GLASGOW is set for a soaking wet Christmas as heavy downpours continue to batter the west of Scotland.
Flood alerts have been put out and Strathclyde Police issued a warning to drivers about the dangers of speeding during adverse weather.
It came after two motorists were stopped for allegedly driving at around 100mph on the M8 on Wednesday night during what police described as extremely poor conditions.
The Met Office has amber "be prepared" weather warnings in place for central Scotland while yellow "be aware" warnings cover much of the rest of the country.
Wet weather is also causing trouble south of the Border, with southern and south western England, south east Wales, the Midlands and the north east of England the areas most at risk of flooding.
Nearly one inch of rainfall fell on Glasgow during Thursday with a further inch expected overnight. And the wet weather is predicted to continue until Christmas Day.
Matt Dobson, a forecaster with Meteogroup, said: "Heavy rain is sweeping from south to north and in Glasgow rainfall will easily get up to nearly an inch overnight.
"We're looking at a very wet weekend into Christmas Eve with heavy rainfall continuing on Christmas Day."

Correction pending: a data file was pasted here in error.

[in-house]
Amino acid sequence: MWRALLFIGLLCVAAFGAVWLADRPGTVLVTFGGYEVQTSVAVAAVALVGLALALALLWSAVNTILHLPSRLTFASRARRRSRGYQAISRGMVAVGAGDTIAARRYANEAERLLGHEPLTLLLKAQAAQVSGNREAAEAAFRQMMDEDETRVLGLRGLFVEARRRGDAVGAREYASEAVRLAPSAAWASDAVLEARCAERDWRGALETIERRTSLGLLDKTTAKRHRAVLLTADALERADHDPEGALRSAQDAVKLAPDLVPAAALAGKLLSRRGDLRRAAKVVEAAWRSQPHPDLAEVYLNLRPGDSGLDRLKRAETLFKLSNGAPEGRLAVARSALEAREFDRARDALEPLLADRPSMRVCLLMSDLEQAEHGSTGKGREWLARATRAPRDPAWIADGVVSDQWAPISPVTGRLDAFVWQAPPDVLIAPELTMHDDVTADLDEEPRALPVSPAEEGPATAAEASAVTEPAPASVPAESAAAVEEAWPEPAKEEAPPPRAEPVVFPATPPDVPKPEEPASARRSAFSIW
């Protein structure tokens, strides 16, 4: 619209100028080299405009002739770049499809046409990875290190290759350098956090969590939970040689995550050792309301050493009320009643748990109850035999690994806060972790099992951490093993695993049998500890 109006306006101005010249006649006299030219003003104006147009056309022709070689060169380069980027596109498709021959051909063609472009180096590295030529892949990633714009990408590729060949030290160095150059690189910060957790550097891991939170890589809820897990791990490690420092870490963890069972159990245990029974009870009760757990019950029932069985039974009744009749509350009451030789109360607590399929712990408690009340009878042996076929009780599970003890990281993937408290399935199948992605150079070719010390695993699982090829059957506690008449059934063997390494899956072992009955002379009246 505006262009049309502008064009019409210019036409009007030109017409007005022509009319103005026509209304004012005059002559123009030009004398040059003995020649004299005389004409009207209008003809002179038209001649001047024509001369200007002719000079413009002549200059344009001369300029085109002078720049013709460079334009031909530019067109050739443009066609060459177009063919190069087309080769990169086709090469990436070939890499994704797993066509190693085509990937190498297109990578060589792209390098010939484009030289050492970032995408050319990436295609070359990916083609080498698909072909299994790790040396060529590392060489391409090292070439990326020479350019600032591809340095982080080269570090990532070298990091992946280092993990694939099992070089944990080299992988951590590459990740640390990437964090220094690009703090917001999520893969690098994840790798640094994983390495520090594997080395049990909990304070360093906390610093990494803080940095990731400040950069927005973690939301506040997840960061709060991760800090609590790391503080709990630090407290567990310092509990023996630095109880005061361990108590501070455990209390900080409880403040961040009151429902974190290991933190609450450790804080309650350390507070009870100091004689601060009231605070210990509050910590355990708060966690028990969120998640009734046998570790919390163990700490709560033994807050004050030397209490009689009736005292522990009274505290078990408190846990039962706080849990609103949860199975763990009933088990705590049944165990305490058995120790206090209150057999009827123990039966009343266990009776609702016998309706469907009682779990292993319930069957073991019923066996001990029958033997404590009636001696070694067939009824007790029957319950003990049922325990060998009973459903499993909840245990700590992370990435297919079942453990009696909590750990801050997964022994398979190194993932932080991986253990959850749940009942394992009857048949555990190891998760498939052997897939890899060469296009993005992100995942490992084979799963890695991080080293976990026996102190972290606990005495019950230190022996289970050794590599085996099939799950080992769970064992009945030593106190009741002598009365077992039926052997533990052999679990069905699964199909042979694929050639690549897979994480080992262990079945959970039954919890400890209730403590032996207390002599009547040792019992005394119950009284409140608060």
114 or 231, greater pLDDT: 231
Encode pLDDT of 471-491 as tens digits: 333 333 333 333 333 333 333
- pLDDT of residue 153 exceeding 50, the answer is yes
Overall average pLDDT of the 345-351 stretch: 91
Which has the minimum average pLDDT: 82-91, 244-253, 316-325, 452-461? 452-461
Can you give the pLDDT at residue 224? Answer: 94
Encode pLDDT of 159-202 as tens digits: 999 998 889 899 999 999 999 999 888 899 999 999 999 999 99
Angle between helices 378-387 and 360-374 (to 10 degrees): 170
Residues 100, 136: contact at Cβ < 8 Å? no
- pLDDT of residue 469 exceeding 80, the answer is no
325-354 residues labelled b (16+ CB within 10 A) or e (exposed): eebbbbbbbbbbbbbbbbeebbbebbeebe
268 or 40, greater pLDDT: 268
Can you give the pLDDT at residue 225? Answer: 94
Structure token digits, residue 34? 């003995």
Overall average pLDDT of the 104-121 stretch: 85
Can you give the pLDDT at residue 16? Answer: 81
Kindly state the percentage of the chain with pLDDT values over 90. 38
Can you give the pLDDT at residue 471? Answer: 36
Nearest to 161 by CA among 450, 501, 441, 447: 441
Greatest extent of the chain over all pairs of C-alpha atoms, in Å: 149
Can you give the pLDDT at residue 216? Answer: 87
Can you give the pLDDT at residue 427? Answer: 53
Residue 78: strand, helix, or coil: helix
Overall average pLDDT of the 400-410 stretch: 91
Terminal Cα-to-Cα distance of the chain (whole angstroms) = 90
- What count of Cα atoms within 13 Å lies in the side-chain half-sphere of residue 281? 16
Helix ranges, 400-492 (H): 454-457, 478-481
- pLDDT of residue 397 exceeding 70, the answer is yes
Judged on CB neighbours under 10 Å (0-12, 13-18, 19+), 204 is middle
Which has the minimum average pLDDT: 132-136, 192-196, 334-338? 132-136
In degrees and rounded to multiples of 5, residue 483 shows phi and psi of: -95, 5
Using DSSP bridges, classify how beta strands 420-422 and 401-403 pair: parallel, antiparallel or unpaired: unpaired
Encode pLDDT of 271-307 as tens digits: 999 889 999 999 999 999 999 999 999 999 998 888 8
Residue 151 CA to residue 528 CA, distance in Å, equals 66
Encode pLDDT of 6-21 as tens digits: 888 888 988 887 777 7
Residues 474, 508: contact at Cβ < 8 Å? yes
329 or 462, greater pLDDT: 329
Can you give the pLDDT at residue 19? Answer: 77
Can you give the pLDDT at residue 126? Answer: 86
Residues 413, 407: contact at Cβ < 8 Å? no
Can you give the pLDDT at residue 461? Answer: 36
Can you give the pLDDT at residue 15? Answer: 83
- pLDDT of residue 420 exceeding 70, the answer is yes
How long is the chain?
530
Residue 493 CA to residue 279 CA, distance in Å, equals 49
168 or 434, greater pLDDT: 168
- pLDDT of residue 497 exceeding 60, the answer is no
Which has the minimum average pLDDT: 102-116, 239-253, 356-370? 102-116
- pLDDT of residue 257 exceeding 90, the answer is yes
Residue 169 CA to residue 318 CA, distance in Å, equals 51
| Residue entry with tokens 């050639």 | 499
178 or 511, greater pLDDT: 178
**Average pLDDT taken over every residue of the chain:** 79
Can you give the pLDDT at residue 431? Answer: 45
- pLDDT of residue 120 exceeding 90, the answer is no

The wet weather forecast comes as drivers were warned to take care on the roads in "challenging" conditions
Police officers stopped two drivers on the westbound M8 between junctions 13 and 16 allegedly going at speeds of 98mph and more than 100mph in a 50mph zone. Superintendent Jim Baird said: "If you drive in excess of the speed limit you risk not just your life, but other road users' lives also. To do so in such poor weather and road conditions is just plain dangerous and is unacceptable."
Meanwhile, flood alerts have been issued for coastal areas still recovering from severe weekend storms.
Weather warnings are in place across Scotland with police cautioning drivers about a build-up of surface water on roads across Angus, Dundee and Perth and Kinross.
Ports and flood defences were damaged in Aberdeenshire and Berwick and 60 people evacuated from homes in Stonehaven and Peterhead.
In England, residents in about 25 homes in the Hampshire village of Wallington had been offered the chance to evacuate by police amid fears that the River Wallington could burst its banks. But the majority elected to stay put at the moment because river levels were dropping.